Tullamarine joins the 30 million passengers per year club

Asia Pacific Airports (Melbourne) Pty Ltd - the owner and operator of Melbourne's Tullamarine airport - released its July year-on-year passenger statistics yesterday.  Standing out amongst all other statistics in the media release, was that Tullamarine has for the first time registered more than 30 million passengers passing through its terminals.

Likewise more than 2 million passengers passed through the domestic terminals and as stated in media release, APA have acknowledged early works have begun on expanding Terminal 4 - the low-cost terminal which Tiger Air currently operates out of.  You can see some of the renders posted on our forum back in April here.

I've always liked to think growth in airports - be it passenger numbers, aircraft movements or infrastructure growth - are a reflection of the city they're located in.  When an airport is growing through passenger numbers and therefore aircraft movements, it's generally a good sign the city the airport is attached to is likewise seeing healthy growth.  

It's not all about Melbourne's profile being expanded through the greater connectivity afforded by airlines increasing frequencies, such as Singapore airlines recently moving to 4 x daily operations between Melbourne & Singapore, or creating new routes like Air India will be soon to Delhi; it's just as much a reflection of the mood of Melburnians and their happiness/ability to splurge and go see the rest of the world.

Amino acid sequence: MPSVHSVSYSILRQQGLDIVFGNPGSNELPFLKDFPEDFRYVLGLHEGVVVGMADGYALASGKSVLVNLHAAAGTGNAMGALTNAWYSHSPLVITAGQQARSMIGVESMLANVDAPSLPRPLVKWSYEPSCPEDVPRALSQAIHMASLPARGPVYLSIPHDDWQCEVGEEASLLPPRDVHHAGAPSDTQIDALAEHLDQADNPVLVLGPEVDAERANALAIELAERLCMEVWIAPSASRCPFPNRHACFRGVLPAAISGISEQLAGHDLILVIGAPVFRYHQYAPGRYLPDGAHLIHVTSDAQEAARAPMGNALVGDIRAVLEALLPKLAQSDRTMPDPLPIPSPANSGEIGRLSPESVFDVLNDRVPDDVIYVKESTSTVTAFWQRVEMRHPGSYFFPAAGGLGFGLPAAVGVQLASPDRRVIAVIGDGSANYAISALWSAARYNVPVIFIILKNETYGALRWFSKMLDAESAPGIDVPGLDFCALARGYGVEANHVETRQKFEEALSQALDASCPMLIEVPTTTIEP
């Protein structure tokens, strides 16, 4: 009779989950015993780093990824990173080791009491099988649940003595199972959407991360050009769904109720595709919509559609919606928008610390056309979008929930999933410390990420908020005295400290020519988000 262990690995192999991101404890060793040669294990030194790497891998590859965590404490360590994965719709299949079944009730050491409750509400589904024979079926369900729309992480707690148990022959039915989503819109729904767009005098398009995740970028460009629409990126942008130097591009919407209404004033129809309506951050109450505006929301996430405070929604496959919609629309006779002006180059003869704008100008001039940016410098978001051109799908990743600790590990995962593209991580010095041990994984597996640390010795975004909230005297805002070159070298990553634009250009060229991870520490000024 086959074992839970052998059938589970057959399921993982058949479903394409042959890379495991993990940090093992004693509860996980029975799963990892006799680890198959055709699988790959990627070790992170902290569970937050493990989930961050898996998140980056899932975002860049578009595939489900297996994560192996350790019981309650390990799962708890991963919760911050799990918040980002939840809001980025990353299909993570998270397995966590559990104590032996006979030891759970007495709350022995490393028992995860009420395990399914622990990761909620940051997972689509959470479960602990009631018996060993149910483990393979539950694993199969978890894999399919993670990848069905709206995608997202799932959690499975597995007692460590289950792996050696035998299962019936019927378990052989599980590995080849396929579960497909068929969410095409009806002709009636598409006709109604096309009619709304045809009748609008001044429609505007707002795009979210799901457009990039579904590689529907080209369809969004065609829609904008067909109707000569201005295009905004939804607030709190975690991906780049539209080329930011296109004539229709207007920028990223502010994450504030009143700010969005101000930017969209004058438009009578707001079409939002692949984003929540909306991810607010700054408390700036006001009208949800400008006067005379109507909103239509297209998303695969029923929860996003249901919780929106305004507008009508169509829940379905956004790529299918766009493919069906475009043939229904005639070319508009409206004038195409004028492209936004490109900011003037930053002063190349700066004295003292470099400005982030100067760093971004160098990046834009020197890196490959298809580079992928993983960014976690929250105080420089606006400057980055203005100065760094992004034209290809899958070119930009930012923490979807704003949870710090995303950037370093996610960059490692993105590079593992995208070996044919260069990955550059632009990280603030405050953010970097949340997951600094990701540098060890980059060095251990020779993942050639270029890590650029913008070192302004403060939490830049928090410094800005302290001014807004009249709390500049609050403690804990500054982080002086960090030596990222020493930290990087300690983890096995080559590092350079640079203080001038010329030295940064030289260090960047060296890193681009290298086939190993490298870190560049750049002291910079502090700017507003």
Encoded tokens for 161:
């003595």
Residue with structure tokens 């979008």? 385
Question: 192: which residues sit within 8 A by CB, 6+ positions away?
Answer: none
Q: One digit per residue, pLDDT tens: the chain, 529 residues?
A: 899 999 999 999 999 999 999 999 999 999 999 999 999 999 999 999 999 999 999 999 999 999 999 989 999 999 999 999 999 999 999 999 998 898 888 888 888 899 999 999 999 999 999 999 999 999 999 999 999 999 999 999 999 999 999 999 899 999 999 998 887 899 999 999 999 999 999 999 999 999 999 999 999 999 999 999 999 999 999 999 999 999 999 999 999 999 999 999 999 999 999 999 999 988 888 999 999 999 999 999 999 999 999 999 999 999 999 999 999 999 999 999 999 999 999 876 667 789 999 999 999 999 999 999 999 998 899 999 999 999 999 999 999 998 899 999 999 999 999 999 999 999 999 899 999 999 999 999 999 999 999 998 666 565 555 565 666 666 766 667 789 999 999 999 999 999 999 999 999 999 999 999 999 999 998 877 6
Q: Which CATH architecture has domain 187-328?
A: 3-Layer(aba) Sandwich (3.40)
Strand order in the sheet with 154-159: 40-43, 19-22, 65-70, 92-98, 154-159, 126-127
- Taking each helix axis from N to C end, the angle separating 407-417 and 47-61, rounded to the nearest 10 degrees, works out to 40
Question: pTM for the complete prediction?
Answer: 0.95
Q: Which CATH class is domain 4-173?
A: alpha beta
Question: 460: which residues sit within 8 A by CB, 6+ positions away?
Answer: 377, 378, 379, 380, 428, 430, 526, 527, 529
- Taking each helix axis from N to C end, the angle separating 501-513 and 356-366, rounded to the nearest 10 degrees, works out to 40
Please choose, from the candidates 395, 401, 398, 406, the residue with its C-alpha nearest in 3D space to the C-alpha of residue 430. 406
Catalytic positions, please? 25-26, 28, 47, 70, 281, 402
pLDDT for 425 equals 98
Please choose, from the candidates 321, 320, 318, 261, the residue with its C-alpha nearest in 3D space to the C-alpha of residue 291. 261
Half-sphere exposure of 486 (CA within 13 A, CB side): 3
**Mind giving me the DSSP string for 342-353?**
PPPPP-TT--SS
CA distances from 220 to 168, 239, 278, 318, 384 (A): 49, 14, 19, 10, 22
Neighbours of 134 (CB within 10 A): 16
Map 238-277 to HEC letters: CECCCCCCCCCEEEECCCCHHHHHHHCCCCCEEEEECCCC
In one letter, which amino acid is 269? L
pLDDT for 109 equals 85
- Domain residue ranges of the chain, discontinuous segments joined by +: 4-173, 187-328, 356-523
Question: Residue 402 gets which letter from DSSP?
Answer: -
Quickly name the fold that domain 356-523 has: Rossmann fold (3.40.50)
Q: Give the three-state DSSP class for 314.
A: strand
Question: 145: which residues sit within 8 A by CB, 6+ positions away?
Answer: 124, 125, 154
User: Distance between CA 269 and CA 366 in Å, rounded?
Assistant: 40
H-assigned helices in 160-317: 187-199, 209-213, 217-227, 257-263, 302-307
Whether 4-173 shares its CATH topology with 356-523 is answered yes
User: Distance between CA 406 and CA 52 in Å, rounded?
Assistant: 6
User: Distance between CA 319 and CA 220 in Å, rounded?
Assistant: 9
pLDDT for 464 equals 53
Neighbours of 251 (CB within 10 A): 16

Image Credit: Indian Economic Times.  Click here for more photos of Air India's 787.

Despite a general belief that a high-speed rail corridor between Melbourne, Canberra and Sydney would be good thing for the environment (as long as the power generated for the new line was from a renewable or cleaner-than-coal source) as well as capacity issues in Sydney, we're likely to be stuck with Tullamarine as our primary entry and exit point for many years yet.   It's encouraging to see the many-times-over refreshed masterplan is slowly coming to fruiting through the recently announced 3rd runway planning project and the ongoing terminal expansion projects but as I and others have written on before, one of the main issues which will remain with Tullamarine is ground transport access.  

It might take another decade for Tullamarine to reach 40 million passengers a year - the passenger figure generally thought to be where there will be a definite "need" for a rail line to and from the centre of the city - but it will be an interesting decade given the push to expand the Tullamarine Freeway between the Western Ring Road and the airport.  

Will we see more frequent skybus services in the interim?  Who knows, but it's a sure bet on the road to 40 million passengers, the pressure to service Tullamarine from a ground transport perspective is going to increase and here's also hoping the State Government comes to a better agreement to channel more non-skybus services into the precinct from areas where most airport employees live.

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